International ANSWER travels from D.C. to NYC for protests

Posted 2:25p.m. Feb. 27

by Alex Kingsbury
U-WIRE Washington Bureau

The headquarters of the International ANSWER coalition is in a dilapidated row house in a bad part of Washington, D.C. The sleet was just beginning to fall as the office opened, what was the beginning of the blizzard of 2003 — one of the largest snowstorms to hit the nation’s capital.

Demonstrators slept in the basement waiting for a chartered early morning bus to New York City, for the American component of a world-wide demonstration against a possible war with Iraq. U-WIRE traveled to the demonstrations with the Washington contingent to experience the protests from the other side of the picket signs.

International ANSWER, Act now to Stop War and Racism, is a far left activist group the helps coordinate many anti-war demonstrations in Washington and around the country. ANSWER was one of numerous groups in “United for Peace” which organized the New York demonstrations.

The District headquarters of the coalition is filled with literature, stacks of videos claiming to present the “real truth” of US intervention in Latin America, socialist styled graphics and posters advertising upcoming protest “actions.” The office was staffed by weary looking activists, bleary eyed at 4:30 a.m., as those who paid their $20 or $30 for a bus ticket began to arrive. The 47 bus seats are all reserved and paid for, yet the weather was blamed for the poor turnout, as only about 20 protesters actually make the trip.

A teacher from the District, several students, and a community leader — all eager to voice their decent on the potential war. The activists are abuzz on the journey — the virtue of their cause, the abominations of the Bush administration, stories of demonstrations past, the pro-war bias of the media, and the expected numbers of the days events. Estimates stretched into the millions.

The bus ride to New York is long, delayed by the snow that is falling through parts of Pennsylvania and Delaware, and by late morning the bus arrived at Shea Stadium, the staging ground for the demonstrations. An arctic cold front forced the temperature into the teens and the wind blew clouds of sand and salt from the stadium lots against the line of thousands waiting to board the number 7 train into Manhattan. The masses of huddled demonstrators tucked their hands into their jackets against the cold, clinging to signs and banners decrying a potential war in the deserts of the Middle East.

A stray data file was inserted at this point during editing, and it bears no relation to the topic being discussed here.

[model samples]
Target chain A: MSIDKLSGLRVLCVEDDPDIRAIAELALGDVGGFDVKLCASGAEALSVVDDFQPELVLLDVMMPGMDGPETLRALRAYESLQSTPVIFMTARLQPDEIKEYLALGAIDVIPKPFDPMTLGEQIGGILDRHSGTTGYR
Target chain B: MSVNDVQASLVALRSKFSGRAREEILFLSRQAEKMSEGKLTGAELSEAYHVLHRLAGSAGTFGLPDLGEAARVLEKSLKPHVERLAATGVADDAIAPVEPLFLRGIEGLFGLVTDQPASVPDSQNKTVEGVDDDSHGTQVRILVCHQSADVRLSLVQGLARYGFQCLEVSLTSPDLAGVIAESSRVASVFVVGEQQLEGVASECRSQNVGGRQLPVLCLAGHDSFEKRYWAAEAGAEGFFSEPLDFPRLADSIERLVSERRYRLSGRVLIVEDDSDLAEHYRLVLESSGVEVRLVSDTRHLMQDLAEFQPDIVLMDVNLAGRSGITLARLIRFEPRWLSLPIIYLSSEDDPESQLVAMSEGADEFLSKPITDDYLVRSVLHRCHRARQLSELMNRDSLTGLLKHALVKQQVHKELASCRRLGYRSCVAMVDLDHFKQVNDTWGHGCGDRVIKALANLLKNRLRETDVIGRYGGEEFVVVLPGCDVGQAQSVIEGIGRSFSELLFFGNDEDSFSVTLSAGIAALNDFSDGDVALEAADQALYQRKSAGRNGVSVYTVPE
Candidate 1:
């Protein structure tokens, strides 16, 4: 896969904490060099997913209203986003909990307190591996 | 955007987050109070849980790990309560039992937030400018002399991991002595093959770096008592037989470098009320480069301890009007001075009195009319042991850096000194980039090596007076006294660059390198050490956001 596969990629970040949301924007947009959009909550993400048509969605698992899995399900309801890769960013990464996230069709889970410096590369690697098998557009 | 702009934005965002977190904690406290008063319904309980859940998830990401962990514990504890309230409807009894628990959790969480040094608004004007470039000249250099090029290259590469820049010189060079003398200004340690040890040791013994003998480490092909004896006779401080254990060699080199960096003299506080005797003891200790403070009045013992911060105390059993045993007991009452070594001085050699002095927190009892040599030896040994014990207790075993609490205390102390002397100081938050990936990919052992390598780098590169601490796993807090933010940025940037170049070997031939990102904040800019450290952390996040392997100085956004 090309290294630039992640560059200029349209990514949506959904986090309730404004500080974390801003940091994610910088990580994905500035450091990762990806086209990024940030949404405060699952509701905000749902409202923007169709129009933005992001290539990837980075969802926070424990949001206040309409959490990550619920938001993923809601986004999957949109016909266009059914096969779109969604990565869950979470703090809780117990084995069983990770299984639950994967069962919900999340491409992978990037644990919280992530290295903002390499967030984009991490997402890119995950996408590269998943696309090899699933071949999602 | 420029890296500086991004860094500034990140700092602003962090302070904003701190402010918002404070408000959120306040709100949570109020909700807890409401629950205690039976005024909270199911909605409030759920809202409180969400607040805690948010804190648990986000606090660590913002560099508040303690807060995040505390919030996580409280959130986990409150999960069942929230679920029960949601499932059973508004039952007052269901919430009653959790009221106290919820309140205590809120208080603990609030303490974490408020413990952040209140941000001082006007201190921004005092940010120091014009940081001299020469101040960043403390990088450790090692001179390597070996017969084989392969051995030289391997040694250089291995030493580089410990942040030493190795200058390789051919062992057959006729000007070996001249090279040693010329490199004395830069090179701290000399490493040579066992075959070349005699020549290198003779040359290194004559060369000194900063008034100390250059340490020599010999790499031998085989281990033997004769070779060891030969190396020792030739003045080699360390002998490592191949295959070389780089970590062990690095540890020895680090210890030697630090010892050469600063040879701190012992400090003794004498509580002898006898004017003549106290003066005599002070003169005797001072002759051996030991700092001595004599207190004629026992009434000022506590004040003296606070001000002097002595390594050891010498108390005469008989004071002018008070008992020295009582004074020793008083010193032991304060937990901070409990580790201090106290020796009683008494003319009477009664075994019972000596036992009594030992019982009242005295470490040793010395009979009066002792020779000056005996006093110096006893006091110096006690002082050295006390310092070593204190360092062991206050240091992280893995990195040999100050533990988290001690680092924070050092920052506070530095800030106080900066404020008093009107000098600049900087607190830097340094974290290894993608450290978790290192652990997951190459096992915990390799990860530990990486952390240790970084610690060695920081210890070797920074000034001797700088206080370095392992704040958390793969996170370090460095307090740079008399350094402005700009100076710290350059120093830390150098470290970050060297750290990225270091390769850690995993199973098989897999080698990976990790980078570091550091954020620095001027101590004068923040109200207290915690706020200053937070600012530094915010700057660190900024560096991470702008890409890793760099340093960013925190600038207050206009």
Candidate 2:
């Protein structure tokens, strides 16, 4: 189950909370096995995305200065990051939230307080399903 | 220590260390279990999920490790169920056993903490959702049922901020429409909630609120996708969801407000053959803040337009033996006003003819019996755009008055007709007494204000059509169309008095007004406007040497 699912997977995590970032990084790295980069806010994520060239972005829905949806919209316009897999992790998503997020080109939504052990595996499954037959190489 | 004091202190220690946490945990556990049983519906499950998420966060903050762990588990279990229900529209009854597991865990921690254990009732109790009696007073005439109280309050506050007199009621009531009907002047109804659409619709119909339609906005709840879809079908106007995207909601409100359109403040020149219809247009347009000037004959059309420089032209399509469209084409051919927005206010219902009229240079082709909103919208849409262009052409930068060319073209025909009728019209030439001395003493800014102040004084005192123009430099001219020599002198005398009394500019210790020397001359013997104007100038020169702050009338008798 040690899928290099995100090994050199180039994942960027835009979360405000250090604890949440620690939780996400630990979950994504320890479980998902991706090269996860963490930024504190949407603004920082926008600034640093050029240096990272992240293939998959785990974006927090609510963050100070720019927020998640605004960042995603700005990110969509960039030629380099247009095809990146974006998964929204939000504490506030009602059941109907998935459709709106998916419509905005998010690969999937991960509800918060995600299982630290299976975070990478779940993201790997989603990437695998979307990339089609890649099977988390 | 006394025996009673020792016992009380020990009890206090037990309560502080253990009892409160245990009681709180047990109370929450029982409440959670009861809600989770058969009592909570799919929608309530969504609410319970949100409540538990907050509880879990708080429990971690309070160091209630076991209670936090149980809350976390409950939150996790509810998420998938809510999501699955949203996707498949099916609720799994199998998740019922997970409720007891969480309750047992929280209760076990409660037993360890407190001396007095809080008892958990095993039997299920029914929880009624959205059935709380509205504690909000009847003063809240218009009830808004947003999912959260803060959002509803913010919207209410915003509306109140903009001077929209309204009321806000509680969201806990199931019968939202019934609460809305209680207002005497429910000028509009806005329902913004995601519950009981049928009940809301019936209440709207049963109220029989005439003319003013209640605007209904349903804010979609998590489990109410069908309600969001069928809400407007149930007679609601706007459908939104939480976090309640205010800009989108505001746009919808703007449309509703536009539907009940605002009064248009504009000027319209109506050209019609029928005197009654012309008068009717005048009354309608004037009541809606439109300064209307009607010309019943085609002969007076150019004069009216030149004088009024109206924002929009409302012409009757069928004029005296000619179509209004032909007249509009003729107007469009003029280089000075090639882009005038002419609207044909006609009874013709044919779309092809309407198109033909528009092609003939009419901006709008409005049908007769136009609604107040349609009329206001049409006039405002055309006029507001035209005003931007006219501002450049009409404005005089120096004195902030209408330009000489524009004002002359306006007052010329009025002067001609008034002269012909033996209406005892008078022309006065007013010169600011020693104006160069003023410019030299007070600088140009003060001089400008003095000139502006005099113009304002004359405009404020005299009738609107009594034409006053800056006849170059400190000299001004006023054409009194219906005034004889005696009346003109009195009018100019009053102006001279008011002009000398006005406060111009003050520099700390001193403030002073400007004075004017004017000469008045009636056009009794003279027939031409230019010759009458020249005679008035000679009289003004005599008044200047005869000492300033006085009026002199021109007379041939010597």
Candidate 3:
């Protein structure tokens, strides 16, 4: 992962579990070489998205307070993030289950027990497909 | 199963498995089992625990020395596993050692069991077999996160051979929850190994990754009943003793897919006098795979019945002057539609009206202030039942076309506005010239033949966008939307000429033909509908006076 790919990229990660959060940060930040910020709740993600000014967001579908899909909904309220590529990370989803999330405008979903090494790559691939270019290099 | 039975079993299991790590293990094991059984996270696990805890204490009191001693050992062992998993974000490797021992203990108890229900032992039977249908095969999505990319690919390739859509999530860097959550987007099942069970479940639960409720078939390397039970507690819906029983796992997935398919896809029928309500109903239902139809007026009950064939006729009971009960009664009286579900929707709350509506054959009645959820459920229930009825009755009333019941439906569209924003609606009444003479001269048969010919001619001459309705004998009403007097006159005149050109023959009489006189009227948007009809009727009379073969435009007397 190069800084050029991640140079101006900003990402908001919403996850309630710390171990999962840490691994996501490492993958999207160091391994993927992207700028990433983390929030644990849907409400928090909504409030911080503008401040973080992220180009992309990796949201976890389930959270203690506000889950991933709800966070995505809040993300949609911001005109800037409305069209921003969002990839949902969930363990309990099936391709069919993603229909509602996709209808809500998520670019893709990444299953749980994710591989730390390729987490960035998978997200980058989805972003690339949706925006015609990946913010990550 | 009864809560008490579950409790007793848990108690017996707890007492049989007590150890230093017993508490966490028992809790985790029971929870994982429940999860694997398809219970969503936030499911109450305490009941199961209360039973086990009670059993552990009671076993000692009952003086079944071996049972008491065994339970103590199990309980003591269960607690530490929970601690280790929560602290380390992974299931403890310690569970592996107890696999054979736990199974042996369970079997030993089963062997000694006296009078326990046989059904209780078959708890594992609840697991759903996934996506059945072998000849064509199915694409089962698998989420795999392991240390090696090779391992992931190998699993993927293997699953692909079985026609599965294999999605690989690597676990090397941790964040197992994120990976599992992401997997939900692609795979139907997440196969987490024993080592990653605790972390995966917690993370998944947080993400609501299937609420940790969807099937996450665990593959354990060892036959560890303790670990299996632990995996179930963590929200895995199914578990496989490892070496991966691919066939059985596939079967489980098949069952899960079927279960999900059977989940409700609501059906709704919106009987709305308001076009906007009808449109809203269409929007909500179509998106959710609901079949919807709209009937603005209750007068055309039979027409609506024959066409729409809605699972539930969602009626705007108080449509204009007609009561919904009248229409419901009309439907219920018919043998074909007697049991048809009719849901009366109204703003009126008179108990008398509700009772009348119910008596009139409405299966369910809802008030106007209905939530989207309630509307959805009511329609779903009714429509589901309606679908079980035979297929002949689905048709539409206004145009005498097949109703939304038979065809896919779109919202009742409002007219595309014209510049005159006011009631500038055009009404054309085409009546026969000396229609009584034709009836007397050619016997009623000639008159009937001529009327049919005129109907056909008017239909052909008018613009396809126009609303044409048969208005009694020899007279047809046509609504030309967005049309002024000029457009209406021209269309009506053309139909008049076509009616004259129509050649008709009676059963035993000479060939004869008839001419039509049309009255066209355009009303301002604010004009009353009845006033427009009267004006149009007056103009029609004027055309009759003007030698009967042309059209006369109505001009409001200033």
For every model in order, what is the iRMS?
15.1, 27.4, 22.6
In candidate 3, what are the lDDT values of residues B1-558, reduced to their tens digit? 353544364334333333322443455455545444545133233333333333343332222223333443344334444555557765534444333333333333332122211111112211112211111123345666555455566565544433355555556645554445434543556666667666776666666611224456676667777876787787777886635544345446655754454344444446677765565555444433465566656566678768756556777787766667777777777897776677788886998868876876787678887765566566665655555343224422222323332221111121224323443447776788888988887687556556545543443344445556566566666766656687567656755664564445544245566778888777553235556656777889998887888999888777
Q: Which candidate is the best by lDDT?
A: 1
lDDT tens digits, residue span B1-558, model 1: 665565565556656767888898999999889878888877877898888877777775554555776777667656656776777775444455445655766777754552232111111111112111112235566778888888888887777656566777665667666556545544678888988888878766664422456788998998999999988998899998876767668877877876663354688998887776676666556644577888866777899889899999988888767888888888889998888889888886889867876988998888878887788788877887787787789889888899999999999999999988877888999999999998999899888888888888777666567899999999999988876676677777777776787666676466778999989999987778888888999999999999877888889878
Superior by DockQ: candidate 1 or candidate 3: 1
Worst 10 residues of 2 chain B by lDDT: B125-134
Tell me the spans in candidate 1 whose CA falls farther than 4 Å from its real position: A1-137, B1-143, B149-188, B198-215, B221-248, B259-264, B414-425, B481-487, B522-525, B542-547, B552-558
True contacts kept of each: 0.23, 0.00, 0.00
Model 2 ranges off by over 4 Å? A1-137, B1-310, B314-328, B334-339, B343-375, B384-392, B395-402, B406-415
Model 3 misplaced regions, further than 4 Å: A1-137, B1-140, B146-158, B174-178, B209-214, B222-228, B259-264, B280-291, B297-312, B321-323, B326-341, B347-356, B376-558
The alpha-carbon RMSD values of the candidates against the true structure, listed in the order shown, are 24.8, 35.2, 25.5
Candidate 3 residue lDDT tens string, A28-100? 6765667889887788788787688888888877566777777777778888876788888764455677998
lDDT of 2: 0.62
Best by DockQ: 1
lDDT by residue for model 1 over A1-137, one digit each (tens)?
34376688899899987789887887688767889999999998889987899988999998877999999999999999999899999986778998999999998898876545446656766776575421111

A federal judge ruled that the demonstrators could not march through the city, but did permit protesters to gather on First Avenue. Organizers called for up to 350,000 to converge on the city, though police totals eventually pegged the day long total at around 100,000. The protesters overwhelmed the police lines attempting to contain them, and spread to Second Avenue and the connecting side streets. Officers in riot gear attempting to control the surging pacifist crowd had a few minor scuffles as demonstrators pushed down police blockades chanting — “Whose streets? Our streets.”

Rumors were rampant among the demonstrators; “the cops have used tear gas up on Second Avenue”, “Colin Powell is going to come out and speak to us” and “there are so many people here that they have shut down the trains into Manhattan.” All false, though seeming to give hope to the demonstrators brazing the bitter wind and cold to address an administration they say is unresponsive to calls for a peaceful resolution in the international crisis.

The demonstrators heard from speakers including Martin Luther King III all calling for a pre-emptive end to a pre-emptive war in Iraq. The crowd was a rich cornucopia of interesting characters — from grandmothers against war, to the self-christened Captain Code Red — clad in plastic and duct tape perhaps an overreaction to the government’s advise for terrorist preparations.

When the speakers concluded the crowd moved to Times Square, where they rallied under the news ticker announcing the extent of the worldwide movement; Paris, Rome, London, Los Angeles, Cairo, New York City.

Rome boasted the largest turnout with 1 million, and the London police called the 750,000 that took to the streets of the British capital the largest demonstration the city had ever seen. Demonstrating against a war that seems increasingly imminent, the crowds took solace in the world support, chanting, “the whole world is watching and they’re on our side” and “join us, join us.”

In front of the public library on 5th Avenue and West 39th Street, a crowd of around 300 protesters staged a sit-down strike blocking traffic and defying police orders to move. Linking arms, the demonstrators were carted off by police making peace signs with their hands, to the cheers of their fellow activists.

When the bus returned to Washington Dave, the group leader on the bus, announced the more than 320 people had bee arrested and denied representation. Police reported 250 arrests, most of whom were released with small fines and summons.

As the ANSWER contingent returned to their office, plans were already being made for a demonstration on March 1 at the White House, organizers called the potential “day the bombs start falling.”

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